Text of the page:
You May Need A Residential AC Repair Technician To Replace A Leaky Drain Pan In Your Air Handler

If you see water stains on the wall or ceiling and you can't figure out where they're coming from, be sure to check your HVAC if it's housed in your attic. Your evaporator coil makes condensation every time your air conditioner runs. The condensation drips into a collection pan and then it's drained outside through PVC drain pipes.

Sometimes, a crack or hole develops in the pan, and then the water leaks on the floor instead of draining away. This is a serious situation since the water causes damage to your home. Here's how a residential AC repair technician might fix this problem.

Determine If Temporary Repairs Are Needed

It's necessary to use a new pan that's made for your equipment, so the repair technician may need to order a new pan. If so, the repair contractor might need to make temporary repairs by sealing the crack or hole until they can get a new drain pan to replace the bad one. The temporary repairs will stop the leak until a more permanent repair is done by exchanging the pan.

Replace A Leaky Drain Pan

Some drain pans slide in and out of the air handler and they can be changed fairly easily. Other pans are mounted to the air handler and condensation coil. It can take a lot of effort to get the pan loose and exchange it.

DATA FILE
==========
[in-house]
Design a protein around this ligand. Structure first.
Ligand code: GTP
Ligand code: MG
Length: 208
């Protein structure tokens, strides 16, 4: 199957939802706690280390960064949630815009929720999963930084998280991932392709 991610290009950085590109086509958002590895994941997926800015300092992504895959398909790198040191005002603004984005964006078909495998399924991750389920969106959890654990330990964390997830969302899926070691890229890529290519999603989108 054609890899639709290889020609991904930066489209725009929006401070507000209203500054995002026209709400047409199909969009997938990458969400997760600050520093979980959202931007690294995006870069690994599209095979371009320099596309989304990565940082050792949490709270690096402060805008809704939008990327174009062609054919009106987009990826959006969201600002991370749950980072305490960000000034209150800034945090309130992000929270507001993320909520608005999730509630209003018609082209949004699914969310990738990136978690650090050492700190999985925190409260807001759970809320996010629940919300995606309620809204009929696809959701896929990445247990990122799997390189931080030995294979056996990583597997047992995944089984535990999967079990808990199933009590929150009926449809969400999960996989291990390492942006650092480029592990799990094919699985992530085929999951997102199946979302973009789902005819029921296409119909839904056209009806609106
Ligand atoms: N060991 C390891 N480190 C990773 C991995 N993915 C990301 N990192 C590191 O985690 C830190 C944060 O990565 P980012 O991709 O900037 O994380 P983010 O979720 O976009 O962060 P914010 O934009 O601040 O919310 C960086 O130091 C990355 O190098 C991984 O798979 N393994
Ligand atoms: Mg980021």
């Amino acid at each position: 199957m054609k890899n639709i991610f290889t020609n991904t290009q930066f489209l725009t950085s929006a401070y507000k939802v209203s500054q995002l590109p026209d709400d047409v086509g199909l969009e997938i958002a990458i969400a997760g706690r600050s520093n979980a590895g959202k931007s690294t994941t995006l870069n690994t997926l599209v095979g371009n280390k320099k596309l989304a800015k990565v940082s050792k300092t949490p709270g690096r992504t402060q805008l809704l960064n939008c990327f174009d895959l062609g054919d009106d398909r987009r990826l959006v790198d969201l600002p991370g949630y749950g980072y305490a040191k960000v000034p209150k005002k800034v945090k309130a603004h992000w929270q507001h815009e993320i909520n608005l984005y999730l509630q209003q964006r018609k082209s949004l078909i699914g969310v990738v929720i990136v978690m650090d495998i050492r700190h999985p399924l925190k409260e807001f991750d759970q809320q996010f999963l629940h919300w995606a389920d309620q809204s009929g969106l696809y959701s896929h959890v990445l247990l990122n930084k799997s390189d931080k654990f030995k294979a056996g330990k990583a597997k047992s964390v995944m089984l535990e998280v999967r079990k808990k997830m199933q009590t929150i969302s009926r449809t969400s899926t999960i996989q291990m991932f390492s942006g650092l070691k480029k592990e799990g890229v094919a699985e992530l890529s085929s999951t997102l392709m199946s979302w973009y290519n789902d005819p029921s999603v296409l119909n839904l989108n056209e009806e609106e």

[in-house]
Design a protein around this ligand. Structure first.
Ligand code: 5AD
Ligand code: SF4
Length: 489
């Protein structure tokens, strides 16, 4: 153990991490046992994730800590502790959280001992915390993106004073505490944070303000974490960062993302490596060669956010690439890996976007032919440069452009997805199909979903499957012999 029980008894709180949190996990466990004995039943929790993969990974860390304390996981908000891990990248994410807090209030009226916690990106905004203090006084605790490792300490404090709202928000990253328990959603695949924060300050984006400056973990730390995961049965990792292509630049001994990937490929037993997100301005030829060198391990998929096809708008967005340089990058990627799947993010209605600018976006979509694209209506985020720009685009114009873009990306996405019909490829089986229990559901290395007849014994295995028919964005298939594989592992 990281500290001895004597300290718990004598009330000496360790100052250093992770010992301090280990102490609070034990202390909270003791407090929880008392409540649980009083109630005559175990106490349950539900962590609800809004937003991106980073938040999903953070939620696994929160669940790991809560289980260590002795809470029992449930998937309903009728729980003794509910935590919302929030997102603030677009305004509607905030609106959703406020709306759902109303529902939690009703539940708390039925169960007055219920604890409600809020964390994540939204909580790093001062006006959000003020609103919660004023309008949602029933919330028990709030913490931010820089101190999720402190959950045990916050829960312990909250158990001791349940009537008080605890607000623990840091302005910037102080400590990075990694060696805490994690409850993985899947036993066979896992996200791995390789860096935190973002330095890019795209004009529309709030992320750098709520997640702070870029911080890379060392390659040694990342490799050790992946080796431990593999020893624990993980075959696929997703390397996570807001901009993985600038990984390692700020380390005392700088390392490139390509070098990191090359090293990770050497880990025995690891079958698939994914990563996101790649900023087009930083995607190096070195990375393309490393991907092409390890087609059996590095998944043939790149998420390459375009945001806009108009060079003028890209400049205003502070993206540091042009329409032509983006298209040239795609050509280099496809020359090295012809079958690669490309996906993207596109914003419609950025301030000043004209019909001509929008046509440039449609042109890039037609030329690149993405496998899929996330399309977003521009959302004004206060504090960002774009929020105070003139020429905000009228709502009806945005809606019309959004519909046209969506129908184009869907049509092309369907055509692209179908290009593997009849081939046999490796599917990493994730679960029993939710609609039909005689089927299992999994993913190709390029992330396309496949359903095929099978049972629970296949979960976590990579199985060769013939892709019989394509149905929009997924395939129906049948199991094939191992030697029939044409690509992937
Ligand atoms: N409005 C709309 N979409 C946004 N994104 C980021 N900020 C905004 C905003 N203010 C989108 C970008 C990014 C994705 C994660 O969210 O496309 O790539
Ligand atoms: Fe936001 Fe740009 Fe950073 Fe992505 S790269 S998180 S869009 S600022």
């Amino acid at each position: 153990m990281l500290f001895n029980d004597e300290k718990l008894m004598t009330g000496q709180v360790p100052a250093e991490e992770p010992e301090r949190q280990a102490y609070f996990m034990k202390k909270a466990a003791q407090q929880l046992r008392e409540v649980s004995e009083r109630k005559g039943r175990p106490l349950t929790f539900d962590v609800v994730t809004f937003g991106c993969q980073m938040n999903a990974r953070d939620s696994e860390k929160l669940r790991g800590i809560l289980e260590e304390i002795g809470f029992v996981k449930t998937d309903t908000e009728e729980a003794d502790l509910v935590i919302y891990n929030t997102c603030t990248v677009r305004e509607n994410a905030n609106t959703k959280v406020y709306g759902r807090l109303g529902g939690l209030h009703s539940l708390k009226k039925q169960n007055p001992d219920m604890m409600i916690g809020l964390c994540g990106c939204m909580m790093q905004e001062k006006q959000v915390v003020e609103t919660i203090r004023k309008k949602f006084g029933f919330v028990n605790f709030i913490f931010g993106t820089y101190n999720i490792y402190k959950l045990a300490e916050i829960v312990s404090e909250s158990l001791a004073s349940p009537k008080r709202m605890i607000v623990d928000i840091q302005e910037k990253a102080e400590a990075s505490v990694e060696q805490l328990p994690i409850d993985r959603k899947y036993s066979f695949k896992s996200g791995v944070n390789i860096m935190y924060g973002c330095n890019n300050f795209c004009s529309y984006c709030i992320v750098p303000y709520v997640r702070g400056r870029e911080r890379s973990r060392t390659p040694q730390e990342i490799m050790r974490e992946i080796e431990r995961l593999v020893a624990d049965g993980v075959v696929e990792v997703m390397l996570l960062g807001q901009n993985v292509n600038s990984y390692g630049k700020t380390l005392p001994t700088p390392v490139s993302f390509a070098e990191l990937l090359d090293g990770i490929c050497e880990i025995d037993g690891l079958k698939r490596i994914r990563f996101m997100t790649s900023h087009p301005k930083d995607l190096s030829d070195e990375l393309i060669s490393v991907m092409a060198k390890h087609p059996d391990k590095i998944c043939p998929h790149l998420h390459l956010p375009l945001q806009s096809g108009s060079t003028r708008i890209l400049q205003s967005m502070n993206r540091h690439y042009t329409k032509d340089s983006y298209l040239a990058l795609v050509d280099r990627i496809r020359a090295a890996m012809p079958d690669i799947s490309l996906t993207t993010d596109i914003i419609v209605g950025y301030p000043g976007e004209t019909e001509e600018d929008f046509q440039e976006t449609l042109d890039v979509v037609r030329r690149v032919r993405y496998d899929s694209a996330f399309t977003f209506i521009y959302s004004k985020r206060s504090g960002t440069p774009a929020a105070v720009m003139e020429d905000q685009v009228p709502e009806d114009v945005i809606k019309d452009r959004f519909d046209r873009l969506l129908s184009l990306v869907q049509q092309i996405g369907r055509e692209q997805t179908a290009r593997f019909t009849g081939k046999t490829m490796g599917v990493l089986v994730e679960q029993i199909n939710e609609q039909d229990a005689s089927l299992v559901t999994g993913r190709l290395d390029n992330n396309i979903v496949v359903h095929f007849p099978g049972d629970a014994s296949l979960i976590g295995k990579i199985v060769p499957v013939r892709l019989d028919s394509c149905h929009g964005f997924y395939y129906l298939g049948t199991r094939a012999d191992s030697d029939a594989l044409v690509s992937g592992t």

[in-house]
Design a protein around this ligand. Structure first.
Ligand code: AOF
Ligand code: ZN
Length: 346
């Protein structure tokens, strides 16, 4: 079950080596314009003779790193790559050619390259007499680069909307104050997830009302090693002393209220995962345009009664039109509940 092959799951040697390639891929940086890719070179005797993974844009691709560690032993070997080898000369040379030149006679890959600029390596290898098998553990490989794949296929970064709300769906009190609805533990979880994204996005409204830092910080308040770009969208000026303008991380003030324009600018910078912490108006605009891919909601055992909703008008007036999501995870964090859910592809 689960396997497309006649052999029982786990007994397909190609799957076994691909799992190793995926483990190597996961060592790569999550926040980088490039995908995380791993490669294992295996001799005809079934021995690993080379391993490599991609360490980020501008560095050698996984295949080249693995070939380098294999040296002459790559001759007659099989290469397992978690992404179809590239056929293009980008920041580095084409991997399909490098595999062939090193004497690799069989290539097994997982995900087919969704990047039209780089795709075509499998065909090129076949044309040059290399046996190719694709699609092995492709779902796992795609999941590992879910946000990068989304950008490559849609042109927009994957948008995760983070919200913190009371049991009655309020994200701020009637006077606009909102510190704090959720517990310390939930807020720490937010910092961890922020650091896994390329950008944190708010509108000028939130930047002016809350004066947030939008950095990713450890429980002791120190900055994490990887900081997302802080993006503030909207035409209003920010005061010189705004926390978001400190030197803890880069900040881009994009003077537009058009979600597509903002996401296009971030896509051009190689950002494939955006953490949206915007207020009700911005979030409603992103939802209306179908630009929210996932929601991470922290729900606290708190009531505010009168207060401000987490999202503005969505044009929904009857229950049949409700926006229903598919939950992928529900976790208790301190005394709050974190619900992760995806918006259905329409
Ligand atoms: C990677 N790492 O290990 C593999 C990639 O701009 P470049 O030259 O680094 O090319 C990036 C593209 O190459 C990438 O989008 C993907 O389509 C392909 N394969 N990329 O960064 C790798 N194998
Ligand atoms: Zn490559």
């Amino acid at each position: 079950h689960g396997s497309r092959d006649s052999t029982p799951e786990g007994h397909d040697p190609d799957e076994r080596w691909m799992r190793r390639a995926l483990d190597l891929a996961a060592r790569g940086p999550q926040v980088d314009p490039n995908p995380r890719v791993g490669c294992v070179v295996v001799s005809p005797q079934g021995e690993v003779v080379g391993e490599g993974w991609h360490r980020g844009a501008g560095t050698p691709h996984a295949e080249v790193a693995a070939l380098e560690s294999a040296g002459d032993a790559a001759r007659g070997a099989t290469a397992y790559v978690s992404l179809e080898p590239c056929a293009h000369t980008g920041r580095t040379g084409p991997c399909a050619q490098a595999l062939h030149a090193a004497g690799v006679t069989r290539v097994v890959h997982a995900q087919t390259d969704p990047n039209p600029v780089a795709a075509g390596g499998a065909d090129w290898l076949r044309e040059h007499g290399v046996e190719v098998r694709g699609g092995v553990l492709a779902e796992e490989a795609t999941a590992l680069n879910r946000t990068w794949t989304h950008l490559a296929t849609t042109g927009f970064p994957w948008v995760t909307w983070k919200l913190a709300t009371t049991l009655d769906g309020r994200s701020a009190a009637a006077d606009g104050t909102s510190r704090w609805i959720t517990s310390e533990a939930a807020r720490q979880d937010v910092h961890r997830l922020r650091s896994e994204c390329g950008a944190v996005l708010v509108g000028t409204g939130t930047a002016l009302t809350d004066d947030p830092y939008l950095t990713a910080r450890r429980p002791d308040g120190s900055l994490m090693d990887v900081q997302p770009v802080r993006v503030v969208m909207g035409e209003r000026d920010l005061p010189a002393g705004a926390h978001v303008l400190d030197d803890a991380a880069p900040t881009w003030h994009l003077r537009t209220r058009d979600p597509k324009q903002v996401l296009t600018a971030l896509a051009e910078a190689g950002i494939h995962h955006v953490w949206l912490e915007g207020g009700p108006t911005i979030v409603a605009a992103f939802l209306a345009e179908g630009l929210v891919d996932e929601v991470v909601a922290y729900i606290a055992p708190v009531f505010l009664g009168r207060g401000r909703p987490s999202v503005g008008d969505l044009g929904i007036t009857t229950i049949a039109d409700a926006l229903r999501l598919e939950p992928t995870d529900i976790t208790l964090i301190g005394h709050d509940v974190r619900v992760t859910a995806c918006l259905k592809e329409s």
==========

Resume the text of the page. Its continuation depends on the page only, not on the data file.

If the pan is a simple one that slides in and out, replacing it is easy. The AC repair technician has to disconnect the pipes first and then they can pull out the pan and put in a new one. After that, they can put the pipes back on and make sure the connections are tight so the pipes and pan won't leak.

A pan that's screwed into place is more challenging to exchange. The repair technician may even have to drain the refrigerant from your AC just in case something goes wrong and the technician punctures a refrigerant line in the coil. The technician has to remove the plumbing lines and several screws that hold the pan in place. They may even need to lift the evaporator coil so they can pull the old pan out.

This can be difficult work since the space is tight and the coil is heavy. Once the pan is loose, the technician can pull it out and exchange it with a new one. Then the screws and pipes have to be replaced so the pan is secure and it drains without leaking.

Test The New Pan

The AC repair technician may want to test the new pan by pouring water into it to make sure it won't leak. The water will drain out the hose, and this gives the technician a chance to check the hose to make sure it isn't clogged and slow to drain. Once the leak has stopped, you can proceed to repair the water damage to your floor, ceiling, or wall if you have any.